A giant rhinoceros the size of three African elephants once grazed on treetops in Tibet, but succumbed to climate change more than 20 million years ago.
The high treetops disappeared, along with its food source, says Xiaoming Wang of the Natural History Museum of Los Angeles County. Wang has done field research on the long-legged rhino, more formally called the Indricotherium, one of the stars of a new exhibit that shows how radical adaptations that aid survival in one setting can spell disaster in another.
Through fossils and reconstructions, the exhibit tells the story of Mother Nature’s radical gambits to keep organisms alive in changing conditions. The show was built around an earlier exhibit from the American Museum of Natural History in New York, which also included ice age remains from the La Brea Tar Pits in Los Angeles.
Mammals that have adapted in the extreme include an ancient whale that walked on land and more recent pygmy mammoths on California’s Channel Islands, whose small size is illustrated with side-by-side jaw bones of a Columbian mammoth and its pygmy relative, which shrunk to cope with limited food resources on the islands.
Many species challenged
Climatic variations over the ages and the more recent incursion of humans have challenged many species, said Emily Lindsey of the La Brea Tar Pits, a site rich with fossils from the mammoths and giant cats that once roamed California, but died out more than 10,000 years ago.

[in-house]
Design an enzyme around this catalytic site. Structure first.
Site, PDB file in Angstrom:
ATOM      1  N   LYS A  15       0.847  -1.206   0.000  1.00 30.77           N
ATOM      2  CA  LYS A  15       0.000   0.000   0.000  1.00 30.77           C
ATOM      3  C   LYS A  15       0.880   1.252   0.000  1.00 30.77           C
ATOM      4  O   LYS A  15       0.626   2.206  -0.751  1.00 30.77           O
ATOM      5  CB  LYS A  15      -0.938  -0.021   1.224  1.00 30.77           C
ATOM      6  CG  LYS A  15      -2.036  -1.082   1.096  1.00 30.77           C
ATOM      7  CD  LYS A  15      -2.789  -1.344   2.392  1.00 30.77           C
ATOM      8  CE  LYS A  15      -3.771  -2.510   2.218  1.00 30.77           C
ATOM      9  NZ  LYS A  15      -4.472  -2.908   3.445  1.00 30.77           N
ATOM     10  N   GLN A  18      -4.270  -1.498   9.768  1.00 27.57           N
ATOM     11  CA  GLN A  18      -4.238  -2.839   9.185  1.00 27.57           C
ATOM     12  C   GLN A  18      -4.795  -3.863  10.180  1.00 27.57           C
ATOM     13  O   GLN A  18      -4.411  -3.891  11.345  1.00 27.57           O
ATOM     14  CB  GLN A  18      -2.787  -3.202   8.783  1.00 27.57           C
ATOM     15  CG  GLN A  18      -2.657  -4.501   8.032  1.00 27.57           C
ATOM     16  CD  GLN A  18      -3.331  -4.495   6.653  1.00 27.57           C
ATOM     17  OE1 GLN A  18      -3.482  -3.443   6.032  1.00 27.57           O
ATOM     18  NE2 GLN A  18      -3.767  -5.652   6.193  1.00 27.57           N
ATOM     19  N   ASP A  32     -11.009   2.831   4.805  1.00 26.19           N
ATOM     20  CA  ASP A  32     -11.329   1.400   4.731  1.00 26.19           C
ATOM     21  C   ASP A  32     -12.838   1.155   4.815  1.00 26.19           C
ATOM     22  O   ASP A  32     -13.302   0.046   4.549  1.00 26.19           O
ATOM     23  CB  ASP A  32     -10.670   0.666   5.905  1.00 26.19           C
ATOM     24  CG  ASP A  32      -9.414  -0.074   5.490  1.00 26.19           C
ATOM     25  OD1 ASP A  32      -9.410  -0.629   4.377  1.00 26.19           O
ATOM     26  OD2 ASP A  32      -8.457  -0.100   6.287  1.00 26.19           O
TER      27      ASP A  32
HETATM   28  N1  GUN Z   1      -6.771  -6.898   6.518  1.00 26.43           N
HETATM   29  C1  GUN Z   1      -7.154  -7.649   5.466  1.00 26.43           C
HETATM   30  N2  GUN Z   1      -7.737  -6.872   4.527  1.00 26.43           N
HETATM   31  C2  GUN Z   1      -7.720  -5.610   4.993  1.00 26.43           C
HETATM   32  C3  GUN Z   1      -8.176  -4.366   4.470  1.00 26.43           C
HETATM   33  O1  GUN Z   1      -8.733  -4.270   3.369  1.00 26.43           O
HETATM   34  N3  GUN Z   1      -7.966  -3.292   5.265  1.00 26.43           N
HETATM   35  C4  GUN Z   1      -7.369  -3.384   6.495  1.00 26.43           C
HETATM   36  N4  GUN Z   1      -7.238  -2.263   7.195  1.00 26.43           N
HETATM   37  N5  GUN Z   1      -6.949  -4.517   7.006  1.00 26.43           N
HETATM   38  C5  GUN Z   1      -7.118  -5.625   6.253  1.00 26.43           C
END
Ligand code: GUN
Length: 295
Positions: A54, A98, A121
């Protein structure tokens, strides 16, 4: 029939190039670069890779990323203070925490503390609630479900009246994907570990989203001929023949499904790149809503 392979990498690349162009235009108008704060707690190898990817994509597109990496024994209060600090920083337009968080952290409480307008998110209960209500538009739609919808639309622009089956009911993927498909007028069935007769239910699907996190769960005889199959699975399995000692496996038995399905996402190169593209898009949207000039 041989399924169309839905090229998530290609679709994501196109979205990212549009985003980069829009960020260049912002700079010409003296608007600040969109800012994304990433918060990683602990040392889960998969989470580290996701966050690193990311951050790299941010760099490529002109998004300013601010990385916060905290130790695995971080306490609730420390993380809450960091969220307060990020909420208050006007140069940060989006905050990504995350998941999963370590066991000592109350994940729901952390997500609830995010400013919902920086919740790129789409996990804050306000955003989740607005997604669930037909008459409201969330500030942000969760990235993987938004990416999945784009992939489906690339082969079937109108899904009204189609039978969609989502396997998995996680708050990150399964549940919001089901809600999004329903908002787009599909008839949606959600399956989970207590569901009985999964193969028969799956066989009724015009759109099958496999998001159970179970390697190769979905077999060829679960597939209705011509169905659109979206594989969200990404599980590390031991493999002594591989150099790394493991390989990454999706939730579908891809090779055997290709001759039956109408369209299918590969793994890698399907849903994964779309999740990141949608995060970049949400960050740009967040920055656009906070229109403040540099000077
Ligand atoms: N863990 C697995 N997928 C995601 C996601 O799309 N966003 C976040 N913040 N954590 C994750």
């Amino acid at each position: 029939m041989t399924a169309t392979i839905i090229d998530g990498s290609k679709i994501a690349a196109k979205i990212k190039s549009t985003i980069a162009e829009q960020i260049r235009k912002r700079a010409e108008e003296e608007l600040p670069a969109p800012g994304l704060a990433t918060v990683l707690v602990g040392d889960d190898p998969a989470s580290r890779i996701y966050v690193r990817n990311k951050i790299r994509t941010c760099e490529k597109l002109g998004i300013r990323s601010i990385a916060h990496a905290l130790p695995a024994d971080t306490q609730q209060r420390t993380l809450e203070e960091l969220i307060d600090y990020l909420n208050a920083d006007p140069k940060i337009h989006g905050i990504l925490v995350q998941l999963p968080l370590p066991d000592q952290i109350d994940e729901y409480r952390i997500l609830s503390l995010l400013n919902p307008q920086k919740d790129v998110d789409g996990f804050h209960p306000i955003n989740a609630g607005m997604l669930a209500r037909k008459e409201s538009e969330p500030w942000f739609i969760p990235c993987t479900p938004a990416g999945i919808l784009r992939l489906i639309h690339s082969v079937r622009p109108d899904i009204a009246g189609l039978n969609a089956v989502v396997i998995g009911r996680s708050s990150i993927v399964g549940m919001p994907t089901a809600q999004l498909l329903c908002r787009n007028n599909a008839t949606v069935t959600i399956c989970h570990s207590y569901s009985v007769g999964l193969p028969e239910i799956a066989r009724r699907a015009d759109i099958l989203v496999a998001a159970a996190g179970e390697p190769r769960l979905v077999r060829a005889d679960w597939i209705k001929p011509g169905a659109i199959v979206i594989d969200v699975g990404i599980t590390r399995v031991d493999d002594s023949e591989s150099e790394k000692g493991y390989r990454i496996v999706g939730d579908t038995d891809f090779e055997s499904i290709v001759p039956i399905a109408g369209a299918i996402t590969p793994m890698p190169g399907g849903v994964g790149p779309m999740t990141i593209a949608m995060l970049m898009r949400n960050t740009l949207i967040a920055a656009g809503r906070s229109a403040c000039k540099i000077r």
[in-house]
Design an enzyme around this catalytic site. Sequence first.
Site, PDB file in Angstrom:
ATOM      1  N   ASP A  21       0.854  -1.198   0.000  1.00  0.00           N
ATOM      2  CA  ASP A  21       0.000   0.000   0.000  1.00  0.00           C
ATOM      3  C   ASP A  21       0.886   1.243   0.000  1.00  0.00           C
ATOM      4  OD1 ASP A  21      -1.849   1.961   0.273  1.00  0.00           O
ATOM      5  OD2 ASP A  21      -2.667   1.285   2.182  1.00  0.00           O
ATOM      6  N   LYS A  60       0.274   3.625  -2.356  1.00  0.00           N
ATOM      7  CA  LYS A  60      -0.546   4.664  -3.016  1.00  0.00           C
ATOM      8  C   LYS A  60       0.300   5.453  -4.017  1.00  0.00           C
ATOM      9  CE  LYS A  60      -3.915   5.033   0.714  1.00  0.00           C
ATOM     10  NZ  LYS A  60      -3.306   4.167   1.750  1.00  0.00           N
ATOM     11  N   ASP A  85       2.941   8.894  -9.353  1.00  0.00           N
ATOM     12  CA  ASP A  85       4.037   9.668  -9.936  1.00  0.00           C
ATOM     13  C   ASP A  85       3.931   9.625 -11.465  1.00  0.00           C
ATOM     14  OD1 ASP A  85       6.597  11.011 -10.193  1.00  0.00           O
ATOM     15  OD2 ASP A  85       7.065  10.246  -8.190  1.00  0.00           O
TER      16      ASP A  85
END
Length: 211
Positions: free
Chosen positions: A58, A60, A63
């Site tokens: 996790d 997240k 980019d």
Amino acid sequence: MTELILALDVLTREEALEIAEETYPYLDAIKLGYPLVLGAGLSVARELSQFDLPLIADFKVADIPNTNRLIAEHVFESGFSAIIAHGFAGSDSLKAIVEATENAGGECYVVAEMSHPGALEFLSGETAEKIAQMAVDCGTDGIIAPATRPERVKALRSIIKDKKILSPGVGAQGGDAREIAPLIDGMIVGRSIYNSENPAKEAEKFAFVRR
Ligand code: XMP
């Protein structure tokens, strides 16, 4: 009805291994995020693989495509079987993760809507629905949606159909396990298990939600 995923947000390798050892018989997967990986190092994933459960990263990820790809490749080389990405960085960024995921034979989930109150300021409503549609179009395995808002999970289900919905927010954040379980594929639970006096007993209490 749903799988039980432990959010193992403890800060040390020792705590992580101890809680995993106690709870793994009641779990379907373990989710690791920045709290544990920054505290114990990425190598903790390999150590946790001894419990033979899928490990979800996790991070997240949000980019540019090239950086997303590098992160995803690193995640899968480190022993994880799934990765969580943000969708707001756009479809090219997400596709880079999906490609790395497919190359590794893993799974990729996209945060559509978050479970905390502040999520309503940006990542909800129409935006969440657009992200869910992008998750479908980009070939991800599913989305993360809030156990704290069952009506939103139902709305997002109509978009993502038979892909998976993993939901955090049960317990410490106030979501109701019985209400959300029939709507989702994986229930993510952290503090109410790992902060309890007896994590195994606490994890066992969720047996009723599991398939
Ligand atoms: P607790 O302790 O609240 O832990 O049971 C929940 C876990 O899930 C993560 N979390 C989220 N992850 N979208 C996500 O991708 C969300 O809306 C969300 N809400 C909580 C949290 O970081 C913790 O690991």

Seen in the exhibit are the extinct American lion, “which along with the cave lion in Europe was the biggest cat that ever lived,” Lindsey said.
There are fossils from a scimitar cat, also extinct, and a long-gone subspecies of jaguar.
“And then we have the mountain lion, which is the only one of those five big cats that’s still alive today,” she notes.
Also known as the cougar, panther or puma, the species is represented with a photo of a celebrated cat that continues to roam through the hills above Los Angeles.
“People thought he would just spend a couple of days there, then continue to move on or attempt to move on,” said Miguel Ordenana, who coordinates the amateur citizens scientists who make wildlife observations to help scientists better understand the region. Mountain lions, he said, typically do not survive crossing busy freeways, but this intrepid mountain lion is a survivor, as is his species.
Arctic island was once like Florida
Other mammals in the exhibit include the Batodonoides, a long-extinct shrewlike mammal from 50 million years ago so tiny that it could have perched on a pencil. The South American Macrauchenia, with a camellike body and giraffelike neck, had a flexible trunk, like an elephant. It went extinct a mere 10,000 years ago, but is represented here in a reconstruction.
Earth’s extreme changes can be seen in a diorama of Ellesmere Island in the Arctic.
Just 1,000 kilometers from the North Pole, it was home to warm swamps 50 million years ago and a host of animals adapted to a Floridalike climate.
Those intense changes served many species well, but presented extreme problems. Especially as environmental conditions caused the Arctic freeze over, leaving Ellesmere Island one of the coldest and driest locations on Earth.
An earlier version of this report had Xiaoming Wang’s name misspelled. VOA regrets the error.